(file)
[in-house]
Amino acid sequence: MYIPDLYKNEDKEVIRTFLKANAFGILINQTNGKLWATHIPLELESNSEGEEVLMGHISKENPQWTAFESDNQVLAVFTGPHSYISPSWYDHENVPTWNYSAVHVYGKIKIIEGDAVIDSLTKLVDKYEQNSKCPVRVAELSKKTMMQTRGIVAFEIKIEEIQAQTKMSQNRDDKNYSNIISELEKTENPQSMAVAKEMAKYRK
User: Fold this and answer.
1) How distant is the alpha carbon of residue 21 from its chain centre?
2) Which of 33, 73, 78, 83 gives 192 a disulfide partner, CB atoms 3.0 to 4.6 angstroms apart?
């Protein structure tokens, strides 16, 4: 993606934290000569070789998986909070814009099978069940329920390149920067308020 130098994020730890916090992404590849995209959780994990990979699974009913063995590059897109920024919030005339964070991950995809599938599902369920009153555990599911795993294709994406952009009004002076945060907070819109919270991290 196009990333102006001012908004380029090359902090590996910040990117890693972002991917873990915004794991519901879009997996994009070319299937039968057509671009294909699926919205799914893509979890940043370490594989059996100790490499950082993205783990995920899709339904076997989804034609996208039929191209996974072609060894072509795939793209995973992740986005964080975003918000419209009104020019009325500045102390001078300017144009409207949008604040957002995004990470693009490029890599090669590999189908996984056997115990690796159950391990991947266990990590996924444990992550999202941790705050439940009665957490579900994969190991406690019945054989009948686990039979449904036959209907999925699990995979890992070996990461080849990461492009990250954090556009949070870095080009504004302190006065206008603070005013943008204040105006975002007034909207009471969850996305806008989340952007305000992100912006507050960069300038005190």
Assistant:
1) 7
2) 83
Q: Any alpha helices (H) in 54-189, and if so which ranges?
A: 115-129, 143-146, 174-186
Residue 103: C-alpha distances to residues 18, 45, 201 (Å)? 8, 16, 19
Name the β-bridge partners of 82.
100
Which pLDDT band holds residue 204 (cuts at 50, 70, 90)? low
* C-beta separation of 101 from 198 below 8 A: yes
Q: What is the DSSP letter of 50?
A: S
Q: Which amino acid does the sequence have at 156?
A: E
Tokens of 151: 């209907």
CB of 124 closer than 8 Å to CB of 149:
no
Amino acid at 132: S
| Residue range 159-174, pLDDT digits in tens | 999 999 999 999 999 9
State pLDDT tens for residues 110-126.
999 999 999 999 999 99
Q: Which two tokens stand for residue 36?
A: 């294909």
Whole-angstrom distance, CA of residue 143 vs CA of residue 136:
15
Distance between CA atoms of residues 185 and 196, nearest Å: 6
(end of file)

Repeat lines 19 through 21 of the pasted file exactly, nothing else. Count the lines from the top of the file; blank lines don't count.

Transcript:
Q: Which amino acid does the sequence have at 156?
A: E
Tokens of 151: 């209907």